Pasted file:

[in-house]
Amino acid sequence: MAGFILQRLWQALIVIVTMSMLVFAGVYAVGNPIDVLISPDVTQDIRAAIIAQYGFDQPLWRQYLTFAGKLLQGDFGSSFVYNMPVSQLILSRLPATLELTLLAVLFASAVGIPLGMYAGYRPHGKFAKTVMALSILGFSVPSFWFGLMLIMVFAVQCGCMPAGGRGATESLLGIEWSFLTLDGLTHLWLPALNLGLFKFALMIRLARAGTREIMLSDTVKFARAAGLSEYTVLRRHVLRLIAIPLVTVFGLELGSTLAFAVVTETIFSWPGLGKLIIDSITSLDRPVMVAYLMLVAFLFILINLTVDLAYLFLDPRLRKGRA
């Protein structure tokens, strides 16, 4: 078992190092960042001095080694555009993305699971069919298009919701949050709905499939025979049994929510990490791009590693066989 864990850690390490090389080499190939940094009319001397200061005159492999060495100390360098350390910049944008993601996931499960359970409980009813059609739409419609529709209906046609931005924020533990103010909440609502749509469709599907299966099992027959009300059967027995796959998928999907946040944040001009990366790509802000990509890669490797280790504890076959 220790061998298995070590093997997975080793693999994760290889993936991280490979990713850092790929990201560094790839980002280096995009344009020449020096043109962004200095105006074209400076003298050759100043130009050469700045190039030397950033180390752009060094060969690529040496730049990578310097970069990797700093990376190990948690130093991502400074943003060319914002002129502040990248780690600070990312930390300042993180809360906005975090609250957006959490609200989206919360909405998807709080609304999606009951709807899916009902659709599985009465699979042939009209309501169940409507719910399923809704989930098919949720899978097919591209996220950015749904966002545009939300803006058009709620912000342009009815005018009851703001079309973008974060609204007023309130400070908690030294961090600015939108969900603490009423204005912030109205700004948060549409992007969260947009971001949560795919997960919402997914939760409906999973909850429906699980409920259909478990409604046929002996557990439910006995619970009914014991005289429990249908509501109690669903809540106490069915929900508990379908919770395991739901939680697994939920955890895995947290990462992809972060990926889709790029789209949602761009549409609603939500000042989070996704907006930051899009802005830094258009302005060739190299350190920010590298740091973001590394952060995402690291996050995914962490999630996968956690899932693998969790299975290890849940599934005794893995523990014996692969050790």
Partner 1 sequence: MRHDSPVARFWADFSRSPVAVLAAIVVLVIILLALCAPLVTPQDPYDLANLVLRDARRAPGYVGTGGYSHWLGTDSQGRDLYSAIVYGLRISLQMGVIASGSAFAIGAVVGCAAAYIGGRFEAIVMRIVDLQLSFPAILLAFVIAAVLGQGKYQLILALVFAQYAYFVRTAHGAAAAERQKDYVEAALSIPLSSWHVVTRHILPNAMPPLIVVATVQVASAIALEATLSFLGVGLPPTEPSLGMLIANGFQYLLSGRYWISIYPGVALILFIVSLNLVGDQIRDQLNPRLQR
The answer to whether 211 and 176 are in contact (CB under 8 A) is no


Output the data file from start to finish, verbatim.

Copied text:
[in-house]
Amino acid sequence: MAGFILQRLWQALIVIVTMSMLVFAGVYAVGNPIDVLISPDVTQDIRAAIIAQYGFDQPLWRQYLTFAGKLLQGDFGSSFVYNMPVSQLILSRLPATLELTLLAVLFASAVGIPLGMYAGYRPHGKFAKTVMALSILGFSVPSFWFGLMLIMVFAVQCGCMPAGGRGATESLLGIEWSFLTLDGLTHLWLPALNLGLFKFALMIRLARAGTREIMLSDTVKFARAAGLSEYTVLRRHVLRLIAIPLVTVFGLELGSTLAFAVVTETIFSWPGLGKLIIDSITSLDRPVMVAYLMLVAFLFILINLTVDLAYLFLDPRLRKGRA
């Protein structure tokens, strides 16, 4: 078992190092960042001095080694555009993305699971069919298009919701949050709905499939025979049994929510990490791009590693066989 864990850690390490090389080499190939940094009319001397200061005159492999060495100390360098350390910049944008993601996931499960359970409980009813059609739409419609529709209906046609931005924020533990103010909440609502749509469709599907299966099992027959009300059967027995796959998928999907946040944040001009990366790509802000990509890669490797280790504890076959 220790061998298995070590093997997975080793693999994760290889993936991280490979990713850092790929990201560094790839980002280096995009344009020449020096043109962004200095105006074209400076003298050759100043130009050469700045190039030397950033180390752009060094060969690529040496730049990578310097970069990797700093990376190990948690130093991502400074943003060319914002002129502040990248780690600070990312930390300042993180809360906005975090609250957006959490609200989206919360909405998807709080609304999606009951709807899916009902659709599985009465699979042939009209309501169940409507719910399923809704989930098919949720899978097919591209996220950015749904966002545009939300803006058009709620912000342009009815005018009851703001079309973008974060609204007023309130400070908690030294961090600015939108969900603490009423204005912030109205700004948060549409992007969260947009971001949560795919997960919402997914939760409906999973909850429906699980409920259909478990409604046929002996557990439910006995619970009914014991005289429990249908509501109690669903809540106490069915929900508990379908919770395991739901939680697994939920955890895995947290990462992809972060990926889709790029789209949602761009549409609603939500000042989070996704907006930051899009802005830094258009302005060739190299350190920010590298740091973001590394952060995402690291996050995914962490999630996968956690899932693998969790299975290890849940599934005794893995523990014996692969050790």
Partner 1 sequence: MRHDSPVARFWADFSRSPVAVLAAIVVLVIILLALCAPLVTPQDPYDLANLVLRDARRAPGYVGTGGYSHWLGTDSQGRDLYSAIVYGLRISLQMGVIASGSAFAIGAVVGCAAAYIGGRFEAIVMRIVDLQLSFPAILLAFVIAAVLGQGKYQLILALVFAQYAYFVRTAHGAAAAERQKDYVEAALSIPLSSWHVVTRHILPNAMPPLIVVATVQVASAIALEATLSFLGVGLPPTEPSLGMLIANGFQYLLSGRYWISIYPGVALILFIVSLNLVGDQIRDQLNPRLQR
The answer to whether 211 and 176 are in contact (CB under 8 A) is no